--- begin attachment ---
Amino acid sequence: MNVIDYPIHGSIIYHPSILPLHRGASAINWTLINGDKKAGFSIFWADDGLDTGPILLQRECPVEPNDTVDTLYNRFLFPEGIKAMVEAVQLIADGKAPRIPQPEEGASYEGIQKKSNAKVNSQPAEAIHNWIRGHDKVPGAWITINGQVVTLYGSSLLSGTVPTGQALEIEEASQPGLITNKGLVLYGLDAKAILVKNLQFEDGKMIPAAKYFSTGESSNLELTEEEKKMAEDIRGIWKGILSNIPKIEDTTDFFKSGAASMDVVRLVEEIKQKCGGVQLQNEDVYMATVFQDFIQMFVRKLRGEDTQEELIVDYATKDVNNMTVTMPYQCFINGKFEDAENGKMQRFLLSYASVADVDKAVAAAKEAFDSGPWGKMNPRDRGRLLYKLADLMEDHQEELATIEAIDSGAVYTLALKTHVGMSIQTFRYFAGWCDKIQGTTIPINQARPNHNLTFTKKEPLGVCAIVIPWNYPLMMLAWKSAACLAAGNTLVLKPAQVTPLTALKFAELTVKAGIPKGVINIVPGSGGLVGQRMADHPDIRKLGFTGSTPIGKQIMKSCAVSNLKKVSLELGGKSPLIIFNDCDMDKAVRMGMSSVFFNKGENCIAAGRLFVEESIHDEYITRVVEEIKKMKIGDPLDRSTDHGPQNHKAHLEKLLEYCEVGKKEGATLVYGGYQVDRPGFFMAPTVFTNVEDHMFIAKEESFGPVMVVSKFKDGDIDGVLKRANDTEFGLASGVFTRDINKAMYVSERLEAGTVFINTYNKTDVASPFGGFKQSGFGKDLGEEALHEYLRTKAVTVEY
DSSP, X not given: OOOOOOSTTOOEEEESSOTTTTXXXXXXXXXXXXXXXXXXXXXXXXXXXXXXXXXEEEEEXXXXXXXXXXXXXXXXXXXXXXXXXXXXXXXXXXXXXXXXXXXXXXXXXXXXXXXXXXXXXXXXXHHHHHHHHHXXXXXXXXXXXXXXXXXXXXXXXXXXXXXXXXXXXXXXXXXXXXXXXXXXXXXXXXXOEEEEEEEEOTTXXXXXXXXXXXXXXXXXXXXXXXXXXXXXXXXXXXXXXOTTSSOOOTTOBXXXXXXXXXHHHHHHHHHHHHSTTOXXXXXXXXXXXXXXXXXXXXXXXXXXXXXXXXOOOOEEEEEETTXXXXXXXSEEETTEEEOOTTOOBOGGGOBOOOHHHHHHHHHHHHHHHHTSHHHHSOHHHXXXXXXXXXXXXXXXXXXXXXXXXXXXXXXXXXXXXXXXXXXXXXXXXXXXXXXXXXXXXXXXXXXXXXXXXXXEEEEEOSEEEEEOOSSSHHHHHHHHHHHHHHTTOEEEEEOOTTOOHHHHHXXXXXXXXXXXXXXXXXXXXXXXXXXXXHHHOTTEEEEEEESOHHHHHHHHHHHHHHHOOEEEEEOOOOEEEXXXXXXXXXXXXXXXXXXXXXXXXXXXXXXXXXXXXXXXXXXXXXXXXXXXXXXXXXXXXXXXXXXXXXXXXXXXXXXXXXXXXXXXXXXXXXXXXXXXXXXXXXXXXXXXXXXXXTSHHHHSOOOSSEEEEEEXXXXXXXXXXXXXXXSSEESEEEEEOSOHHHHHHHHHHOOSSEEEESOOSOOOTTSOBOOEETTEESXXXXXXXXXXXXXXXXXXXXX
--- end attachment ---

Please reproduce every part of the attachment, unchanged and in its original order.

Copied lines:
Amino acid sequence: MNVIDYPIHGSIIYHPSILPLHRGASAINWTLINGDKKAGFSIFWADDGLDTGPILLQRECPVEPNDTVDTLYNRFLFPEGIKAMVEAVQLIADGKAPRIPQPEEGASYEGIQKKSNAKVNSQPAEAIHNWIRGHDKVPGAWITINGQVVTLYGSSLLSGTVPTGQALEIEEASQPGLITNKGLVLYGLDAKAILVKNLQFEDGKMIPAAKYFSTGESSNLELTEEEKKMAEDIRGIWKGILSNIPKIEDTTDFFKSGAASMDVVRLVEEIKQKCGGVQLQNEDVYMATVFQDFIQMFVRKLRGEDTQEELIVDYATKDVNNMTVTMPYQCFINGKFEDAENGKMQRFLLSYASVADVDKAVAAAKEAFDSGPWGKMNPRDRGRLLYKLADLMEDHQEELATIEAIDSGAVYTLALKTHVGMSIQTFRYFAGWCDKIQGTTIPINQARPNHNLTFTKKEPLGVCAIVIPWNYPLMMLAWKSAACLAAGNTLVLKPAQVTPLTALKFAELTVKAGIPKGVINIVPGSGGLVGQRMADHPDIRKLGFTGSTPIGKQIMKSCAVSNLKKVSLELGGKSPLIIFNDCDMDKAVRMGMSSVFFNKGENCIAAGRLFVEESIHDEYITRVVEEIKKMKIGDPLDRSTDHGPQNHKAHLEKLLEYCEVGKKEGATLVYGGYQVDRPGFFMAPTVFTNVEDHMFIAKEESFGPVMVVSKFKDGDIDGVLKRANDTEFGLASGVFTRDINKAMYVSERLEAGTVFINTYNKTDVASPFGGFKQSGFGKDLGEEALHEYLRTKAVTVEY
DSSP, X not given: OOOOOOSTTOOEEEESSOTTTTXXXXXXXXXXXXXXXXXXXXXXXXXXXXXXXXXEEEEEXXXXXXXXXXXXXXXXXXXXXXXXXXXXXXXXXXXXXXXXXXXXXXXXXXXXXXXXXXXXXXXXXHHHHHHHHHXXXXXXXXXXXXXXXXXXXXXXXXXXXXXXXXXXXXXXXXXXXXXXXXXXXXXXXXXOEEEEEEEEOTTXXXXXXXXXXXXXXXXXXXXXXXXXXXXXXXXXXXXXXOTTSSOOOTTOBXXXXXXXXXHHHHHHHHHHHHSTTOXXXXXXXXXXXXXXXXXXXXXXXXXXXXXXXXOOOOEEEEEETTXXXXXXXSEEETTEEEOOTTOOBOGGGOBOOOHHHHHHHHHHHHHHHHTSHHHHSOHHHXXXXXXXXXXXXXXXXXXXXXXXXXXXXXXXXXXXXXXXXXXXXXXXXXXXXXXXXXXXXXXXXXXXXXXXXXXEEEEEOSEEEEEOOSSSHHHHHHHHHHHHHHTTOEEEEEOOTTOOHHHHHXXXXXXXXXXXXXXXXXXXXXXXXXXXXHHHOTTEEEEEEESOHHHHHHHHHHHHHHHOOEEEEEOOOOEEEXXXXXXXXXXXXXXXXXXXXXXXXXXXXXXXXXXXXXXXXXXXXXXXXXXXXXXXXXXXXXXXXXXXXXXXXXXXXXXXXXXXXXXXXXXXXXXXXXXXXXXXXXXXXXXXXXXXXTSHHHHSOOOSSEEEEEEXXXXXXXXXXXXXXXSSEESEEEEEOSOHHHHHHHHHHOOSSEEEESOOSOOOTTSOBOOEETTEESXXXXXXXXXXXXXXXXXXXXX